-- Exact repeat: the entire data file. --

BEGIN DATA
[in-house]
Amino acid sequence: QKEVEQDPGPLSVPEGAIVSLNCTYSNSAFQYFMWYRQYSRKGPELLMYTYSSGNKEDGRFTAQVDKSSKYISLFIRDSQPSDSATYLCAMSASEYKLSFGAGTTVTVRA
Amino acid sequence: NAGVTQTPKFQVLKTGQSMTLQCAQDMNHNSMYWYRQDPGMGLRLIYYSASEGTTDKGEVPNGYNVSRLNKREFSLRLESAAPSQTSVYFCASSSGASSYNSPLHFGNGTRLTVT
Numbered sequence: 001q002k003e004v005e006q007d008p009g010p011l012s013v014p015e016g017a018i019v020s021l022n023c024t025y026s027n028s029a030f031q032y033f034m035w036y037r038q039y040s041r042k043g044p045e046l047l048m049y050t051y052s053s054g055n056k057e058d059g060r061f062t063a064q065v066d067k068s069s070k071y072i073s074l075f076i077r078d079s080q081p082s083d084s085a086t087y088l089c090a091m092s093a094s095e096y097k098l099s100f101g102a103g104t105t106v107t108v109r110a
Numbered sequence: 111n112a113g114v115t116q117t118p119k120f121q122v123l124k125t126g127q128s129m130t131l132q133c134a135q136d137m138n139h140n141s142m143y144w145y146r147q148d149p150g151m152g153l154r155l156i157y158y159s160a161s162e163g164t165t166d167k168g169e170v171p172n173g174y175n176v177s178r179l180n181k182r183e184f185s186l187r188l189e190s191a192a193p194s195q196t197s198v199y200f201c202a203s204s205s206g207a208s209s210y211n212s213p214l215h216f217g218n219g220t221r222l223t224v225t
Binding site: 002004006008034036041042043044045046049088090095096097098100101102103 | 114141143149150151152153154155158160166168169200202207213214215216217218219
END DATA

[in-house]
Amino acid sequence: QKEVEQDPGPLSVPEGAIVSLNCTYSNSAFQYFMWYRQYSRKGPELLMYTYSSGNKEDGRFTAQVDKSSKYISLFIRDSQPSDSATYLCAMSASEYKLSFGAGTTVTVRA
Amino acid sequence: NAGVTQTPKFQVLKTGQSMTLQCAQDMNHNSMYWYRQDPGMGLRLIYYSASEGTTDKGEVPNGYNVSRLNKREFSLRLESAAPSQTSVYFCASSSGASSYNSPLHFGNGTRLTVT
Numbered sequence: 001q002k003e004v005e006q007d008p009g010p011l012s013v014p015e016g017a018i019v020s021l022n023c024t025y026s027n028s029a030f031q032y033f034m035w036y037r038q039y040s041r042k043g044p045e046l047l048m049y050t051y052s053s054g055n056k057e058d059g060r061f062t063a064q065v066d067k068s069s070k071y072i073s074l075f076i077r078d079s080q081p082s083d084s085a086t087y088l089c090a091m092s093a094s095e096y097k098l099s100f101g102a103g104t105t106v107t108v109r110a
Numbered sequence: 111n112a113g114v115t116q117t118p119k120f121q122v123l124k125t126g127q128s129m130t131l132q133c134a135q136d137m138n139h140n141s142m143y144w145y146r147q148d149p150g151m152g153l154r155l156i157y158y159s160a161s162e163g164t165t166d167k168g169e170v171p172n173g174y175n176v177s178r179l180n181k182r183e184f185s186l187r188l189e190s191a192a193p194s195q196t197s198v199y200f201c202a203s204s205s206g207a208s209s210y211n212s213p214l215h216f217g218n219g220t221r222l223t224v225t
Binding site: 002004006008034036041042043044045046049088090095096097098100101102103 | 114141143149150151152153154155158160166168169200202207213214215216217218219